Who knows? Perhaps someday, like the Trains à Grande Vitesse in France or the Shinkansen in Japan, an Acela train speeding past the Statue of Liberty could be the defining image of a second great American railway age.
Not a bad read I thought.
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Old March 8th, 2010, 04:36 PM   #1250
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Quote:
Originally Posted by Koen Acacia View Post
The NYTimes has an op-ed on this that, I suppose, could count as a bit of an update: it's a plea that Obama should not spread out his spending so much, and should focus more on improving the current Acela line and make it a more genuine high-speed line.

Slug on the Tracks



Not a bad read I thought.
The only part I strongly disagree with is saying that the government should "do away" with safety regulations. Safety parameters for passenger rail in US are far above those of certain European countries and should remain the highest.
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Old March 9th, 2010, 11:35 AM   #1251
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I rode German ICE several times, and I absolutely loved it. Although, it only reached 200 km/h, it was still quite fast. I would love to see this in the USA, especially in rural areas because I am sick of driving 500 km just to get to a major urban centre.
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Old March 9th, 2010, 05:51 PM   #1252
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I rode German ICE several times, and I absolutely loved it. Although, it only reached 200 km/h, it was still quite fast. I would love to see this in the USA, especially in rural areas because I am sick of driving 500 km just to get to a major urban centre.
If you're sick of driving 500km just to get to a major urban centre then you need to move. You obviously live in a very thinly populated area and there you will always have to travel far to get somewhere. :-)

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Old March 10th, 2010, 03:16 AM   #1253
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The only part I strongly disagree with is saying that the government should "do away" with safety regulations. Safety parameters for passenger rail in US are far above those of certain European countries and should remain the highest.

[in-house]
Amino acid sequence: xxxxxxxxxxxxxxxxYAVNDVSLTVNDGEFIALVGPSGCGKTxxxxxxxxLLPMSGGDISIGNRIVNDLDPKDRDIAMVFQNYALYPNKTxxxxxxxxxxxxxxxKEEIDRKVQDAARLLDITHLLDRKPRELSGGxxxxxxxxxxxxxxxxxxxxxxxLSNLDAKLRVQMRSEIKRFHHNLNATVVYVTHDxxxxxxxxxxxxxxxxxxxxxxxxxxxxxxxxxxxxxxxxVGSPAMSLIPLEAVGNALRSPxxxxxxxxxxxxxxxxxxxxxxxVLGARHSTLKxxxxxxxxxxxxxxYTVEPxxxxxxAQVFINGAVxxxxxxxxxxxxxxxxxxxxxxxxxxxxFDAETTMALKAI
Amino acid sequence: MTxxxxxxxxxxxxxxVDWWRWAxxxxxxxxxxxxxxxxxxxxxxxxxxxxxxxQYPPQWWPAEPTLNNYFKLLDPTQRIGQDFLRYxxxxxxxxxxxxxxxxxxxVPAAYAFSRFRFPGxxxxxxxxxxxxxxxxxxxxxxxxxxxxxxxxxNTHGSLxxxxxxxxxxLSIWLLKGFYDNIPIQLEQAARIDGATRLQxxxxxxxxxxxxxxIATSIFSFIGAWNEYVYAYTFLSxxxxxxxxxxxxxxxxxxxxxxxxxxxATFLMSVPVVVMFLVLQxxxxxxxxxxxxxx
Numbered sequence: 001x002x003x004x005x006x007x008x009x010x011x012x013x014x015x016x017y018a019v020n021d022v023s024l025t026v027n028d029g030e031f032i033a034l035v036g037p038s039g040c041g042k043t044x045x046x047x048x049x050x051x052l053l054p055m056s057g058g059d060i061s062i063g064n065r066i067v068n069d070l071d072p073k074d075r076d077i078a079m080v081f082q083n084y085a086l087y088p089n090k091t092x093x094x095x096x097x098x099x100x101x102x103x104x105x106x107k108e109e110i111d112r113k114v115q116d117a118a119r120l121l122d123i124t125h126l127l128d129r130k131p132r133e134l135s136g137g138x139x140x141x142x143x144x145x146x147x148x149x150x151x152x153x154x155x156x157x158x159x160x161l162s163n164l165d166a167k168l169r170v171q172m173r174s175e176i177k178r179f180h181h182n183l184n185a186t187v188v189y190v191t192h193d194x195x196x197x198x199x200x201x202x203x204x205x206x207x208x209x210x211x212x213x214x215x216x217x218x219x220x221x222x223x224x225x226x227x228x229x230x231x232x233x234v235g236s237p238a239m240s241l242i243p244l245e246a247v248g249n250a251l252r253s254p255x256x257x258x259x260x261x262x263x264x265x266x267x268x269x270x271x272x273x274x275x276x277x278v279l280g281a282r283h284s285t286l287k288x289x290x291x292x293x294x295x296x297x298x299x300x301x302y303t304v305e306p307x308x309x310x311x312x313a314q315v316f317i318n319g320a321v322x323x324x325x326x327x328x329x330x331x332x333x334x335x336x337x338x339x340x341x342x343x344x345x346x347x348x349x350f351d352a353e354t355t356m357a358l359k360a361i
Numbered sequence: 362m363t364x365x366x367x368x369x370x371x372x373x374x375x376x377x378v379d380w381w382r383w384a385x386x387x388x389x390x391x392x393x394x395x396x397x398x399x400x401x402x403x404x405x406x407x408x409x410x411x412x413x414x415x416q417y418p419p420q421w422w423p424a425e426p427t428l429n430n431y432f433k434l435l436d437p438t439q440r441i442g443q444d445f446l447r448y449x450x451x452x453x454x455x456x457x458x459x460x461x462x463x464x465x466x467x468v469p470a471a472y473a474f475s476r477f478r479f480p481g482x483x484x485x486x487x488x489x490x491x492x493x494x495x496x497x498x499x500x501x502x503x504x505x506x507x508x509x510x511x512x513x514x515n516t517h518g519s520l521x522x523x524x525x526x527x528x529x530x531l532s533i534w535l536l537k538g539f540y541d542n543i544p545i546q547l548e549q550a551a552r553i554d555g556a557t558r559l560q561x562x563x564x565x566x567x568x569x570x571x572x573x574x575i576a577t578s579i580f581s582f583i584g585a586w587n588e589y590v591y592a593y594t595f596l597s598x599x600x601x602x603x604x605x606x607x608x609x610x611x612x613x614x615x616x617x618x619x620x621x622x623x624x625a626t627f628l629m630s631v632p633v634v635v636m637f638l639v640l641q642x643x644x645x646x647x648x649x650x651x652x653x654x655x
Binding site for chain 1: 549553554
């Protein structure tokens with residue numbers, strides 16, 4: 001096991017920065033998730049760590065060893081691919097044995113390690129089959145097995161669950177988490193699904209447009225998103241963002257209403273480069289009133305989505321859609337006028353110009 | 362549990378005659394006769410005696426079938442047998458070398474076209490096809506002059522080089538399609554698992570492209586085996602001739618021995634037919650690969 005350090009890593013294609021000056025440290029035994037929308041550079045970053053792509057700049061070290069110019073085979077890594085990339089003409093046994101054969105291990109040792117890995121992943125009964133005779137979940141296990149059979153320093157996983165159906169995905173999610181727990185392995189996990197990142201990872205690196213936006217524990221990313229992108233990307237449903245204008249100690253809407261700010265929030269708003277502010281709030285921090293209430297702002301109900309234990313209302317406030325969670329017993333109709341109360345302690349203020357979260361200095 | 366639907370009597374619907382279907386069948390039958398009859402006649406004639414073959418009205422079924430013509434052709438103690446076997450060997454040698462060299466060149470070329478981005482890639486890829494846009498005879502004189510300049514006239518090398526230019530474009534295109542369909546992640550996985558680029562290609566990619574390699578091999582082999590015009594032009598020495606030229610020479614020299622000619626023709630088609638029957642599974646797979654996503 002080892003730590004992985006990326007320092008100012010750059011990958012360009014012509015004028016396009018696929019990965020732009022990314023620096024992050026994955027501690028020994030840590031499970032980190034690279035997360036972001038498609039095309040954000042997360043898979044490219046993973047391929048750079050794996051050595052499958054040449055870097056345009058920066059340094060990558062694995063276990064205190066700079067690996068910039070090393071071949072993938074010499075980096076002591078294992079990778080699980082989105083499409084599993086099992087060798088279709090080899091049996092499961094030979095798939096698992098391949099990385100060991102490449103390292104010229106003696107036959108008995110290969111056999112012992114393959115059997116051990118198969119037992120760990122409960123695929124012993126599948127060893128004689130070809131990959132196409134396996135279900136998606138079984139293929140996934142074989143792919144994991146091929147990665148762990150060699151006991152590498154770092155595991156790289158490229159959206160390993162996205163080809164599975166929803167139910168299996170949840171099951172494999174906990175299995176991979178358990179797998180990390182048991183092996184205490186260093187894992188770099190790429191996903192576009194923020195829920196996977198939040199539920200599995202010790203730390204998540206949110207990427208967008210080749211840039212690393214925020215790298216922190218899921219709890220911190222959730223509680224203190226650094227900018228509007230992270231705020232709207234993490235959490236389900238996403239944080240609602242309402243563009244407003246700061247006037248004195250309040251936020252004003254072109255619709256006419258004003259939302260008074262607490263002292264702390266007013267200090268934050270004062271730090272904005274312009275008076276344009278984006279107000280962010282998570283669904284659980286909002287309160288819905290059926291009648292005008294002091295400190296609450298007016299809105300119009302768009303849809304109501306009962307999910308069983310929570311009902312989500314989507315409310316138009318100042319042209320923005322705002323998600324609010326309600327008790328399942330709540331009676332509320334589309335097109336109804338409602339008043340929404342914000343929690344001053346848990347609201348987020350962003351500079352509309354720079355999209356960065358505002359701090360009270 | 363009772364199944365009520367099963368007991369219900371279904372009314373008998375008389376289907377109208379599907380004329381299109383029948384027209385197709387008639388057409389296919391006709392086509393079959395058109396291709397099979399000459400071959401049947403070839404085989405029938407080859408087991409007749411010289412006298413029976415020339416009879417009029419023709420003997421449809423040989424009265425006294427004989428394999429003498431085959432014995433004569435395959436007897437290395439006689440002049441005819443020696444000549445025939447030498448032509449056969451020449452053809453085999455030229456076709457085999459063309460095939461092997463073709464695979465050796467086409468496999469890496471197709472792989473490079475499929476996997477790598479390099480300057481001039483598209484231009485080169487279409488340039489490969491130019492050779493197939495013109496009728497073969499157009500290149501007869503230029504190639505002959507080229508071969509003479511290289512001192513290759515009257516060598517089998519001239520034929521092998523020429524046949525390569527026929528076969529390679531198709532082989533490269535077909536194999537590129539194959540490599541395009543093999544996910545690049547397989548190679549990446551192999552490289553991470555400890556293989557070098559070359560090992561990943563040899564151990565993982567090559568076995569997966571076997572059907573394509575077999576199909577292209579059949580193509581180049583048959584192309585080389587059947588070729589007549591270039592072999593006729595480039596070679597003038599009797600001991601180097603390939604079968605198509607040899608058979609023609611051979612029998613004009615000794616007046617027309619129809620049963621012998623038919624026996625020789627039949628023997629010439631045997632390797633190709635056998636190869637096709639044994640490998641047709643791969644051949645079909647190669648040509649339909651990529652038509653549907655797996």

A lot of FRA regulations is actually outdate and quite redicioulus. Crash energy management, for example, is something quite new to the FRA. Instead, the FRA mandates heavier trains than neccessary to survive crashes, resulting in situations where trains have been loaded with concrete blocks to meet the necessary weight. The Acela is twice as heavy as other HSTs. Train protection systems are virtually non-existant. Horn blowing at crossings is required, unless it has four-quadrant gates.

All in all, it makes passenger rail a lot more expensive than it has to be.

But the report isn't completely accurate. The NEC has recieved quite a bit of additional funding for infrastructure improvements, just not from the ARRA.
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Old March 10th, 2010, 07:24 AM   #1254
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The only part I strongly disagree with is saying that the government should "do away" with safety regulations. Safety parameters for passenger rail in US are far above those of certain European countries and should remain the highest.
What matters for the passenger is the actual safety, not the "parameters". Do you want rail to be safe on paper only, or in the real world?
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Old March 10th, 2010, 10:05 AM   #1255
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Quote:
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Do you want rail to be safe on paper only, or in the real world?
Rail safety is not his concern. He just wants rail to be incompetitive to cars. That's his post a couple of pages back:

Quote:
Originally Posted by Suburbanist View Post
The most I've so far achieved in my "pro-car crusade" was promoting a restless campaing that resulted in a university expanding parking lots over a green, other university cutting extensivelly bus and van shuttles instead of rising room&board fees for everyone by $70 and a (private, not published yet) controlled experiment in which extensive negative publicity about "the dangers of buses" affected attitudes of university students about bringing or not their cars to the campus - even some bad news publicity about a rape in a bus stand 10 years ago dramatically affected the attitude of new female students about bringing their cars to campus.